The philosophy of Zero State and the Wave movement is summarized as a set of principles, arranged in five categories. Our principles emphasise community, compassionate ethics, and rational approaches to technology.
You can find the latest version of the Wave Principles here, in PDF format. The Zero State Constitution can also be found as a PDF in our documents folder.
Beyond the principles, philosophy within ZS is organised as one of our project categories known as Aspects. Key philosophy projects include the following:
The Human Augmentation Lab (HAL) is a new project: A small team of volunteer researchers studying issues related to the technological enhancement or augmentation of human capabilities. This work is intended to proceed in collaboration with other projects within ZS, in addition to external research groups of various types. Unlike other ZS projects which are focused on practical, social and technological outcomes, HAL is focused on writing and publishing collaborative research papers.
The aim of this activity is both to promote the idea that the human condition can and should be improved through technology, and to build reputable collaborative relationships between ZS and other organizations.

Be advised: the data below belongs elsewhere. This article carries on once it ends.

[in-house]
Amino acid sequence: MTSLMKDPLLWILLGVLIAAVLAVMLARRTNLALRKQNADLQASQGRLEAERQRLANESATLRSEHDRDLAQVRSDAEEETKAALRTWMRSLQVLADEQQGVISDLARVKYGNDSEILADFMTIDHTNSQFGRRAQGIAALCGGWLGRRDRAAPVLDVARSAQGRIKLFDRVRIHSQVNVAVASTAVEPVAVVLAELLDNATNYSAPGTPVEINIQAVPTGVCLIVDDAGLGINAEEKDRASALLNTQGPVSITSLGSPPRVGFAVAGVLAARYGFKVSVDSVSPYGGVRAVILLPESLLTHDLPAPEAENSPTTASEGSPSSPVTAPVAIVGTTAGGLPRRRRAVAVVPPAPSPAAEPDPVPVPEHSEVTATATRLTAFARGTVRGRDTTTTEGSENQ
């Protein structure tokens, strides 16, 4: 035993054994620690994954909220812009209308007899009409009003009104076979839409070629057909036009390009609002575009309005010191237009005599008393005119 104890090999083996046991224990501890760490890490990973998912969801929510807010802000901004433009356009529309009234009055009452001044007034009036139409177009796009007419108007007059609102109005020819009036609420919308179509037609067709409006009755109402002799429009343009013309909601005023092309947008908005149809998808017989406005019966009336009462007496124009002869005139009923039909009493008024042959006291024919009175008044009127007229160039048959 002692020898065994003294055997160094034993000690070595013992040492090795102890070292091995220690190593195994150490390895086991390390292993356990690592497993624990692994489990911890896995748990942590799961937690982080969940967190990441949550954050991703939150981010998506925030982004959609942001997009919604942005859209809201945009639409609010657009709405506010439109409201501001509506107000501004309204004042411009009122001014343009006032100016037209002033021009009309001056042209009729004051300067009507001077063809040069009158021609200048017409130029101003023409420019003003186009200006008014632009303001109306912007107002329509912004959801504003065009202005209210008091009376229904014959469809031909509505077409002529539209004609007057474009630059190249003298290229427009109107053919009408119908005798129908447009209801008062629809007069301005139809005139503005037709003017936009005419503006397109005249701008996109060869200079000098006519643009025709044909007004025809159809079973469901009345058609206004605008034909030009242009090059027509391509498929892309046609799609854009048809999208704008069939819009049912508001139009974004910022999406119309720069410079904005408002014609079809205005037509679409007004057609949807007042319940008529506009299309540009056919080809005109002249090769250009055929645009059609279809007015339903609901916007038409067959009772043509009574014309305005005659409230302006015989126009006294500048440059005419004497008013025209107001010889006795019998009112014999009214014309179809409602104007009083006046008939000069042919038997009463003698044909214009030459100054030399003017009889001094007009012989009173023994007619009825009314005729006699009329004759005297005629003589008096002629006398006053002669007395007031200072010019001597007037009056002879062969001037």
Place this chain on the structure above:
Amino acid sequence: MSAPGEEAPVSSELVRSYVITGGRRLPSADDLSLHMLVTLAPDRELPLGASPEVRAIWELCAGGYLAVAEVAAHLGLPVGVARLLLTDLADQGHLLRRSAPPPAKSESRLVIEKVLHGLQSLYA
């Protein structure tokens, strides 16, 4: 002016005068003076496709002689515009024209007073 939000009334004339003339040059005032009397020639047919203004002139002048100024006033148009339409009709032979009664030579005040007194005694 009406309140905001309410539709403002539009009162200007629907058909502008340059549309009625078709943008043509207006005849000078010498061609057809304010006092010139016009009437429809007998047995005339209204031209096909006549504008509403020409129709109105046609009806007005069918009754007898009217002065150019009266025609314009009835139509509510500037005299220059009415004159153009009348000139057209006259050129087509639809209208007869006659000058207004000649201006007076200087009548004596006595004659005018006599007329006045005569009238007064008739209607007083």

The Strategic Threat Assessment & Response (STAR) group is being developed to work on systems for identifying, assessing, and planning effective responses to serious threats against ZS (either individual ZS members, or the movement as a whole). The project will focus on short- and medium-term threats rather than relatively long-term “Existential Risks” (or “X-Risks”; e.g. asteroid strike or bad Singularity), which are already studied extensively by groups such as the Future of Humanity Institute at Oxford University.
The critical feature of any risk which determines whether it is of interest to us is whether it represents a threat to Zero State members or critical resources. The focus of the project will be very much pragmatic – leading to the development of rapidly-deployable contingencies for emergency situations – rather than in any way abstruse or academic.
Initially, the project will look into two categories of threat scenario. The first category will be that of action by organized groups – particularly States and political organizations – against ZS members or ZS as a whole. This will include a range of possibilities from low-level violence to legal action and outright bans. The second category will be that of natural disasters which impact individual ZS members or critical ZS infrastructure. The question of digital threats (e.g. DDoS attacks) will be handled separately, by the Information Infrastructure (INF) team.